Over in Europe, where regulations and standards are more stringent, banks are beginning to drop clients if they have potential ESG risks so as to avoid paying more money, reports Bloomberg.
European regulators and investors are putting pressure on the financial industry to invest more heavily in low-carbon footprint sectors and move away from the heavier-emitting sectors. Banks are beginning to evaluate for other factors too, aside from just coal exclusions, and are denying loan requests and raising prices on some clients and industries.
“Climate risk is likely to have a major influence on banks’ loan quality, and depending on how climate change unfolds, and on the policy response to it, the losses that ensue could be substantial,” Moody’s Investors Service said.
The European Central Bank has recently said that banks have been too slow in addressing risks, but the European Banking Authority has recognized that there is a core change that is happening within the banking industry to address ESG issues.
Banks are “making more clear distinctions across the auto loan book, they are making more clear distinctions in the leasing books, they are making more clear distinctions in mortgages,” said Jacob Gyntelberg, director of economic and risk analysis department at the European Banking Authority, in an interview. “They are looking at sectoral differentiation when it comes to pricing, and they are even saying no.”
The U.S. still lacks any standardized system for ESG measuring and reporting, although the SEC is looking into reporting for companies and accountability. Europe’s experiences could very much be the writing on the wall moving forward for the U.S. as investors continue to put pressure on ESG investing and make the climate crisis a priority.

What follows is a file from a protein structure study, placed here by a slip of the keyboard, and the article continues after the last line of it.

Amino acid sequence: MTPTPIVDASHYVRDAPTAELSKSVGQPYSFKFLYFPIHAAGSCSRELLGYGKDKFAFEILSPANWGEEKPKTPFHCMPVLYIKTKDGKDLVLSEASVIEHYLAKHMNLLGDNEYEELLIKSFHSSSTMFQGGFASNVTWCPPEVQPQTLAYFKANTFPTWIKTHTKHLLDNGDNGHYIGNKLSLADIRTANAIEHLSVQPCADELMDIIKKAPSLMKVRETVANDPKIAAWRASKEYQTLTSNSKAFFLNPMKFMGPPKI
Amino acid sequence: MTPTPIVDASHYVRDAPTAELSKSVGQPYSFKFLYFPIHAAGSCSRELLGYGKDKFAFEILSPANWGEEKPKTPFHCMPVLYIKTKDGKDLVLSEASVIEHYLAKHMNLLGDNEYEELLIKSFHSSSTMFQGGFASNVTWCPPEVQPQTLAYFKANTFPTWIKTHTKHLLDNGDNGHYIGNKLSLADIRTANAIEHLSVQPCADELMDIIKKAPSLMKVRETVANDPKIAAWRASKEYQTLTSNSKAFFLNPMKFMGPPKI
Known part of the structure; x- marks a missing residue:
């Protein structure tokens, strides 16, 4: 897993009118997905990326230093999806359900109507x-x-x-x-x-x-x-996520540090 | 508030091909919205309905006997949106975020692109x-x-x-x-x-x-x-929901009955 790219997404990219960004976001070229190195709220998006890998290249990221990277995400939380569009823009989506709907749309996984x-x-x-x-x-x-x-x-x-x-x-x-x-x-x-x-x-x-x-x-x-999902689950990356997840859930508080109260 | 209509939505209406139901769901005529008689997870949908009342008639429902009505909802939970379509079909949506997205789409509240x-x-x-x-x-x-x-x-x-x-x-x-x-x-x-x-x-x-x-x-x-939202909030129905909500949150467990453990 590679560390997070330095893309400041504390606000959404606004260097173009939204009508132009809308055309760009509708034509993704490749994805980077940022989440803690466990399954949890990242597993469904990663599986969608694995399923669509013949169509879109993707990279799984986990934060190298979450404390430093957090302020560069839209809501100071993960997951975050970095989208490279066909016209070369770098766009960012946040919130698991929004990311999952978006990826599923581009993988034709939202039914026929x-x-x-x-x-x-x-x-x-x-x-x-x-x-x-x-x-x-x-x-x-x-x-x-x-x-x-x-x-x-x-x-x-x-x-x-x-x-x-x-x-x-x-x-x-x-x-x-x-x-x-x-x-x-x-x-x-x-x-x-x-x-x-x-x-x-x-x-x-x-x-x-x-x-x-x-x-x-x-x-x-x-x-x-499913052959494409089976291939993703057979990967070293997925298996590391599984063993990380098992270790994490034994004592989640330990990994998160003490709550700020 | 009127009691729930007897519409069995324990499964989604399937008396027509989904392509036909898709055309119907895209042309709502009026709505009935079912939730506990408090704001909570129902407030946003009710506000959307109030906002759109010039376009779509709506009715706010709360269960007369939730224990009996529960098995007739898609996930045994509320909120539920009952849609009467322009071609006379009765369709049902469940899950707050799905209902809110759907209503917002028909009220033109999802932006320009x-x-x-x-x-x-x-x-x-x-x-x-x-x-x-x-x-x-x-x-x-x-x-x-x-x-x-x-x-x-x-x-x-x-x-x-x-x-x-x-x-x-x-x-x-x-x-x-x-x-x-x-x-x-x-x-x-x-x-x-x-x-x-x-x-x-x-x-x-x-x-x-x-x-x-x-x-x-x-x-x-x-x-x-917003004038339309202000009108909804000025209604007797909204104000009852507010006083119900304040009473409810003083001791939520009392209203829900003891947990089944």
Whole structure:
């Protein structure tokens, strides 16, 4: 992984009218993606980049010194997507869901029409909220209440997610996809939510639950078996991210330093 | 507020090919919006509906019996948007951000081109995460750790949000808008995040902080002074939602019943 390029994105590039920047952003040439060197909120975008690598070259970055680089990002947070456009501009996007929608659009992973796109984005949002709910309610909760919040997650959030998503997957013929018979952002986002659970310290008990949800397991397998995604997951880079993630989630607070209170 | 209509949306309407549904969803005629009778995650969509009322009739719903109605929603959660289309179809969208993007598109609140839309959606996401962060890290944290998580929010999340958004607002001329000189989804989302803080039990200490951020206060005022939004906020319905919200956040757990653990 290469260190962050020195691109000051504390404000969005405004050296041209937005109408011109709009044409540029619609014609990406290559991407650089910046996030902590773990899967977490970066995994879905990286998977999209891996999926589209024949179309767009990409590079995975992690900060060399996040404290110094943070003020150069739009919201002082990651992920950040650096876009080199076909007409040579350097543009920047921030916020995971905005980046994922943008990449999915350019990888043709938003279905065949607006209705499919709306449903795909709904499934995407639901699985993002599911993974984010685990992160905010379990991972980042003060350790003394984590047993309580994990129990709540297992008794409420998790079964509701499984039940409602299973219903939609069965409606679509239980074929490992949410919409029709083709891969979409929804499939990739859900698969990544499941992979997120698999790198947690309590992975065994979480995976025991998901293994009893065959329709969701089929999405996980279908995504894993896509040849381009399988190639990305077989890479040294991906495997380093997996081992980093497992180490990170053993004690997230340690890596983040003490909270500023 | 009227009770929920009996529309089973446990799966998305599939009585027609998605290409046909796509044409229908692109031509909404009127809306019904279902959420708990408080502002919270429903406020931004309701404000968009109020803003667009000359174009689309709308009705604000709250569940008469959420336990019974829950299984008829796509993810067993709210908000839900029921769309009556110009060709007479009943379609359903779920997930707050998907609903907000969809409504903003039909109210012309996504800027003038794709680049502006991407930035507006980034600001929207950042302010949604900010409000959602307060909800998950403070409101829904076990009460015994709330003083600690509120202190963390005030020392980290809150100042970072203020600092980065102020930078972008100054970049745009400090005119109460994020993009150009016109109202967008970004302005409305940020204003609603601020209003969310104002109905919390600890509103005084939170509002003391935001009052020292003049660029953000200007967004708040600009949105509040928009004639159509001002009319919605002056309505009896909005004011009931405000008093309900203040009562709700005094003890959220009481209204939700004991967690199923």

Capture Mid-Cap Growth With an ESG Focus
The American Century Mid Cap Growth Impact ETF (MID ) invests in companies that are actively working across a broad spectrum of ESG principles, including clean energy and solar. MID is an actively managed fund that seeks to invest in mid-cap companies that exhibit growth and ESG principles.
Using the United Nations Sustainable Developmental Goals (SDG), which include issues such as affordable and clean energy, decent work and economic growth, industry, innovation, infrastructure, and responsible consumption and production, the portfolio managers assign each security an impact thesis based on its fundamental growth profile and current or projected SDG alignment.
By utilizing third-party mapping tools, frameworks that are provided by sustainable investing platforms, or internal research, the impact thesis is created. In order to avoid impact washing (when companies aren’t actually following SDG but give the impression they are), the highest emphasis is placed on the impact created by the product or service the company produces. Companies can align on more than one SDG, and the fund doesn’t prioritize one SDG over another.
MID uses the market caps from the Russell Mid-Cap Growth Index, which are companies between $677 million to $46 billion, and is a non-diversified fund.
As an actively managed fund, MID is semi-transparent and publishes a proxy portfolio daily. The ETF carries an expense ratio of 0.45%.
For more news, information, and strategy, visit the Core Strategies Channel.